Most worry about job prospects, the housing ladder and finding a compatible other. They use dating sites – singlemuslim.com does a roaring trade – some rely on friends and family to arrange a match.They fall in love, they marry, they divorce. Some are divorce lawyers and judges, some accountants, and lots are doctors, and those that aren’t wish they were. They make pizzas better than the Italians, stir-fry better than the Chinese and sell Bengali food as Indian; one even baked a cake for Her Majesty the Queen. They drive taxis and tubes and buses, they collect your bins and they sweep the streets. They teach your kids, they cure the sick, they fix your teeth, they bank your money and fix your central heating. They police our streets, they gather intelligence both at home and abroad to keep us safe, and for over a hundred years they’ve been giving their blood and sweat in our armies to defend the values we all hold dear.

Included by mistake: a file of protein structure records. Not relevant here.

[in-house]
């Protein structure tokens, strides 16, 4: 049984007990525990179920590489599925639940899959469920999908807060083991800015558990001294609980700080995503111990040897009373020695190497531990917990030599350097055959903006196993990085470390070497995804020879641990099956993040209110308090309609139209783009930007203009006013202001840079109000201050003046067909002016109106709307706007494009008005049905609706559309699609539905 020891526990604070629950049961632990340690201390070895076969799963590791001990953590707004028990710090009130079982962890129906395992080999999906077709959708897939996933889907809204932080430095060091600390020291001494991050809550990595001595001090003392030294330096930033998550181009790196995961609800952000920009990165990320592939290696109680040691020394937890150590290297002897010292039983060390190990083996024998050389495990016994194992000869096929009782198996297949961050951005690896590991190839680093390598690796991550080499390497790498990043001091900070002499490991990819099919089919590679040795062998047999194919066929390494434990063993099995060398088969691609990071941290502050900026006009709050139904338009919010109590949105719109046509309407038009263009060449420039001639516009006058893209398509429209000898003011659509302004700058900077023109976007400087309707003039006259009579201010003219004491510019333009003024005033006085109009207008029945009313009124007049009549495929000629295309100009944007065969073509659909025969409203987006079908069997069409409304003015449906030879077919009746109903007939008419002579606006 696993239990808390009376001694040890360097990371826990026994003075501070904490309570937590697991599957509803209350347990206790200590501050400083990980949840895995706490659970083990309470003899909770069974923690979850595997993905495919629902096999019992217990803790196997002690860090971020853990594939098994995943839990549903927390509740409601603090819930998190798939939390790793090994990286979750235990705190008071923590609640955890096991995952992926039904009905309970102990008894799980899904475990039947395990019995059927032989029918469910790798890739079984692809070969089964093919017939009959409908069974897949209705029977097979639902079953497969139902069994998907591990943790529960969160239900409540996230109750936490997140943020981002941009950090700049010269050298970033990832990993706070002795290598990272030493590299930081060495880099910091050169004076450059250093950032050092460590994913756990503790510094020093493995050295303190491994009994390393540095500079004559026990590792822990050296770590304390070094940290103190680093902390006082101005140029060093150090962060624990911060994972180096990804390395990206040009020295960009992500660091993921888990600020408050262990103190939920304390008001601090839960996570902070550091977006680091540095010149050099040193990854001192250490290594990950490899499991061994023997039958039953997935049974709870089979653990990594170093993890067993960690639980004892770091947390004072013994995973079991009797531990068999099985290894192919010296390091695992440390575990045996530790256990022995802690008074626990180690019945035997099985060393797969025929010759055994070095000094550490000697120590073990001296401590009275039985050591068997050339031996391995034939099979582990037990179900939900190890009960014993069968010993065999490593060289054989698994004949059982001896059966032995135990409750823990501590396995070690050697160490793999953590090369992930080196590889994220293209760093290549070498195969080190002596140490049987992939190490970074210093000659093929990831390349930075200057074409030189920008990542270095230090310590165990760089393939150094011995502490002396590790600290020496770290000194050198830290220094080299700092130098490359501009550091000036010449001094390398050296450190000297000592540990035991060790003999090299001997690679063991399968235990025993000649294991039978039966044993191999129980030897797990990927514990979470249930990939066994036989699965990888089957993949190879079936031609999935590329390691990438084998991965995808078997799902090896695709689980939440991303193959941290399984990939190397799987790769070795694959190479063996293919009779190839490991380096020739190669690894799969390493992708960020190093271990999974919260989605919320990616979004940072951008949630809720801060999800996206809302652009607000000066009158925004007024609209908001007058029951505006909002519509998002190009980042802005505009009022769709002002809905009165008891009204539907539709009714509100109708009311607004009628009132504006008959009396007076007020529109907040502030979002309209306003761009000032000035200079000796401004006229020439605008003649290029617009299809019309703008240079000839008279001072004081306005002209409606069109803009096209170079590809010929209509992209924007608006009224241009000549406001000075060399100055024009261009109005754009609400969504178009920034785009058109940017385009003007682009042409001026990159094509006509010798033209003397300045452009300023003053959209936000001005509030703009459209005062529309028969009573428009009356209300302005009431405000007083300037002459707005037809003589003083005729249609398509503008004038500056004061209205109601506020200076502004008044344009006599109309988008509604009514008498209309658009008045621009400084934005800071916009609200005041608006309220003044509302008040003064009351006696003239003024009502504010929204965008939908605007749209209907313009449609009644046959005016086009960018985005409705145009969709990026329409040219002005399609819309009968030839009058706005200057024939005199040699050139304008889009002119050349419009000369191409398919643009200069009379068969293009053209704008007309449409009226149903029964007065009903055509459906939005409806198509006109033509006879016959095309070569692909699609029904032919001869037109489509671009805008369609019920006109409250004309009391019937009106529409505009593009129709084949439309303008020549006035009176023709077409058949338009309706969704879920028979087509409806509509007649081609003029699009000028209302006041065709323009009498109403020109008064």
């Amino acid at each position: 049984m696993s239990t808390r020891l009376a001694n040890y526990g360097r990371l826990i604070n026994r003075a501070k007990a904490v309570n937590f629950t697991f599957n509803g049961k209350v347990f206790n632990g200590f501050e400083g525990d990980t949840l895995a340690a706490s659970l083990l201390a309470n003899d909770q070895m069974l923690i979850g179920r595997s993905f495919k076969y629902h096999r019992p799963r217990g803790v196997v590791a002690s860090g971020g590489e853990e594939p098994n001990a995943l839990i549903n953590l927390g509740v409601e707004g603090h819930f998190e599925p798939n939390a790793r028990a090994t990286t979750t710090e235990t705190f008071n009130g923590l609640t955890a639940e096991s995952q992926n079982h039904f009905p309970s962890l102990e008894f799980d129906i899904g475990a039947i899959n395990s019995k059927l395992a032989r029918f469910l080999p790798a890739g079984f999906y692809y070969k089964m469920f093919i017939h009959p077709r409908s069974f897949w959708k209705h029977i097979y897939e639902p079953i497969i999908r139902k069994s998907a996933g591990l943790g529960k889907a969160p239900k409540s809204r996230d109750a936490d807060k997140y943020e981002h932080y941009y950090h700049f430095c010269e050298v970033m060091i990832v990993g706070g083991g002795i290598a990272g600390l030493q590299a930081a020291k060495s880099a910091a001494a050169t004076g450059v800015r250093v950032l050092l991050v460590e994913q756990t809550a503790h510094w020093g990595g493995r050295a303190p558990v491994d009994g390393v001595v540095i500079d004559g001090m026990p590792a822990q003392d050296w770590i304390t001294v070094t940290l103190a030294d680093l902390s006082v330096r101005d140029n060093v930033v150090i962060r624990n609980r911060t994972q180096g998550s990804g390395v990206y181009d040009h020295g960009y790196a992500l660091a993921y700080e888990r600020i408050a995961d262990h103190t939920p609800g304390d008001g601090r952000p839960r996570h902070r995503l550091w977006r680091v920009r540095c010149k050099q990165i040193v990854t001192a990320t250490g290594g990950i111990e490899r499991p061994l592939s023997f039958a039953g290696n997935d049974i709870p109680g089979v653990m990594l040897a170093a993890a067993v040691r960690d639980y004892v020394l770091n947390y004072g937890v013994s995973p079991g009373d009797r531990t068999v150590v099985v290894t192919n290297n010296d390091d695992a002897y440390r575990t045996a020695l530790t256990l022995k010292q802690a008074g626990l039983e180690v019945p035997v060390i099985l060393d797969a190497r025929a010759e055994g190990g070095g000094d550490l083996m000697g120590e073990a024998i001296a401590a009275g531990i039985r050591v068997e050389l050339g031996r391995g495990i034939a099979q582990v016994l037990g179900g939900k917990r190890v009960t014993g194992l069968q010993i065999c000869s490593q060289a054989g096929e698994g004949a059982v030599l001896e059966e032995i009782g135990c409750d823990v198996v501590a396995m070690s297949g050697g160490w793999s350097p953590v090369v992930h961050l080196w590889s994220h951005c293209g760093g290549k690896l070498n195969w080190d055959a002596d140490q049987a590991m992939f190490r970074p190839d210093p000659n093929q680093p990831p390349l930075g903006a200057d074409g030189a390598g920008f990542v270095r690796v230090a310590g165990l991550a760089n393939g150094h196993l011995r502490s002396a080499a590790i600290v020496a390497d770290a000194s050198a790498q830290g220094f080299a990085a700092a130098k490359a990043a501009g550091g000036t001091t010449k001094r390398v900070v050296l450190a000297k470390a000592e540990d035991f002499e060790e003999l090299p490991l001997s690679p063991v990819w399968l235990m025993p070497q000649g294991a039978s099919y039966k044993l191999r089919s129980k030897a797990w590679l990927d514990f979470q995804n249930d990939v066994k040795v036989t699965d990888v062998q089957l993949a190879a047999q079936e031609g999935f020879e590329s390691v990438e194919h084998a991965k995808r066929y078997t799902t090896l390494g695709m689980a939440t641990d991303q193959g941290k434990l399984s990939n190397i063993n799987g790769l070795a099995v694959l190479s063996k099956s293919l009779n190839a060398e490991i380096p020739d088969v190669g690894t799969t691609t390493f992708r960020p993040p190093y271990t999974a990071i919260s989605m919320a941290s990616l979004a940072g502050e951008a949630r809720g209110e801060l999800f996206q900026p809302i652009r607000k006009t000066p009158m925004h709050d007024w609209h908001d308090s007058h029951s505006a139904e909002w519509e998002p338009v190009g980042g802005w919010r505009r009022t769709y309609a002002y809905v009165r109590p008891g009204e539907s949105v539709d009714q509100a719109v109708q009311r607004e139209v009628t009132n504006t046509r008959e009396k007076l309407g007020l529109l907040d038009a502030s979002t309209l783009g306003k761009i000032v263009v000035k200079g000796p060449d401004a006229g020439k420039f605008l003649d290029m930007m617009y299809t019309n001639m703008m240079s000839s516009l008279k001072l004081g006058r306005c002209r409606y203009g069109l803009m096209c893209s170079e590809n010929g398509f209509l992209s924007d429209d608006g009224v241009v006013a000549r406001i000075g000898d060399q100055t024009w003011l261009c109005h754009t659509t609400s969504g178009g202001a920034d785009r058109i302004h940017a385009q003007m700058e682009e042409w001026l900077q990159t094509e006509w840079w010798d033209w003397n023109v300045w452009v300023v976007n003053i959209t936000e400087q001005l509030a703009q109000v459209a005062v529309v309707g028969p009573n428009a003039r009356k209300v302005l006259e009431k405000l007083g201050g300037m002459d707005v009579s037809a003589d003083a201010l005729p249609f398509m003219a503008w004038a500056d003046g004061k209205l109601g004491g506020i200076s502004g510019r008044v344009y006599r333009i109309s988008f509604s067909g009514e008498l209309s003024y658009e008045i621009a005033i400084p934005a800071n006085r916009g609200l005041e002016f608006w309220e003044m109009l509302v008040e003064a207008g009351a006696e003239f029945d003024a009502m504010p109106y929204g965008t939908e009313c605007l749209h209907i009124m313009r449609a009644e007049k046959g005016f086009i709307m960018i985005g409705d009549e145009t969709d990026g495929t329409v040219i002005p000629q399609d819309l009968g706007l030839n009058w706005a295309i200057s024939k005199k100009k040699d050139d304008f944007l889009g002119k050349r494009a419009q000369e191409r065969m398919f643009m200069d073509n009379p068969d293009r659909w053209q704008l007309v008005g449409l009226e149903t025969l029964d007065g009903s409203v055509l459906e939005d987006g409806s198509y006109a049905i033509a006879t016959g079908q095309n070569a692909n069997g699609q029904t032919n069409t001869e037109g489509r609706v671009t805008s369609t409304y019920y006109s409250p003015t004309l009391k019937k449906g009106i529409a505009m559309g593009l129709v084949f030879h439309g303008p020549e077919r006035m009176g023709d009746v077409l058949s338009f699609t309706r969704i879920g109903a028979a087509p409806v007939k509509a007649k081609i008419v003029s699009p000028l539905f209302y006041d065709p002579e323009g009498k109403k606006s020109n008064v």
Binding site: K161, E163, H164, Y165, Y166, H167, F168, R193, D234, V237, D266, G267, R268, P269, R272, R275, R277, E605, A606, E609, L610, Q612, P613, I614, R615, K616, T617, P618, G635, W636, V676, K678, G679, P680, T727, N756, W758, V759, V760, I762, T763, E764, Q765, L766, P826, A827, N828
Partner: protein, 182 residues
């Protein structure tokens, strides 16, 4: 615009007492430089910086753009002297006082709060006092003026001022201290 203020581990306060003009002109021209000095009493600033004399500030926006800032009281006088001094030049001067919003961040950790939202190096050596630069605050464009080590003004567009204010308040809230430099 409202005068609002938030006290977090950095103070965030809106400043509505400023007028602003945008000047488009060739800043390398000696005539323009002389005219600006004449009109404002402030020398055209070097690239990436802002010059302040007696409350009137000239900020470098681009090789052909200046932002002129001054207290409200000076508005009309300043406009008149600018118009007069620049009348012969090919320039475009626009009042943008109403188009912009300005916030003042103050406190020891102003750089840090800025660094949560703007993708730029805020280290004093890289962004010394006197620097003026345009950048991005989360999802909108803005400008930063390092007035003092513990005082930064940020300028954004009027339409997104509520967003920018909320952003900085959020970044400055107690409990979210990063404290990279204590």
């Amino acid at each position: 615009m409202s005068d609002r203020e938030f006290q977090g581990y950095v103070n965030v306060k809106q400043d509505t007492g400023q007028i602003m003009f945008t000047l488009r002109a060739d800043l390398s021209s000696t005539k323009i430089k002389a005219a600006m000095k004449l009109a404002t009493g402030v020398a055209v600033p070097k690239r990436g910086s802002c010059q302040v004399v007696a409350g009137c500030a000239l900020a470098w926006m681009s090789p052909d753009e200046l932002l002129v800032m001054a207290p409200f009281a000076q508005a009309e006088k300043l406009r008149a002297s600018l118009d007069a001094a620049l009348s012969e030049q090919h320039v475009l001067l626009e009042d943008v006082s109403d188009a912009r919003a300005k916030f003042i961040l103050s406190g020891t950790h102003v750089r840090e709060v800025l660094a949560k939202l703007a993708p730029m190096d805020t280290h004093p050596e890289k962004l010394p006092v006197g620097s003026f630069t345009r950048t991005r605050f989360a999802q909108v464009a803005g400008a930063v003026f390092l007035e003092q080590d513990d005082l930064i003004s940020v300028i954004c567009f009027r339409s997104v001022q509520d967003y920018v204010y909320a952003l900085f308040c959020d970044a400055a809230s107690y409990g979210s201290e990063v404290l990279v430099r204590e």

They are boy-band heartthrobs and excel in Great British Bake Offs; they run faster than the world and win Olympic golds; they are football heroes and cricket legends; they are elected members of parliament and members of their Lordships’ house, and one of them is the most influential person in London, our main man, the mayor.
Yes, they are everywhere, all 3 million of them and counting.
And of this 3 million, less than a tenth of 1 per cent over my lifetime have wanted to cause us, all of us, some really serious harm.
They, the Muslims, are individuals with individual cares, concerns, issues and moans, individuals with individual views and politics who, like people in most communities, spend more time on focusing on differences between themselves than on differences between themselves and others.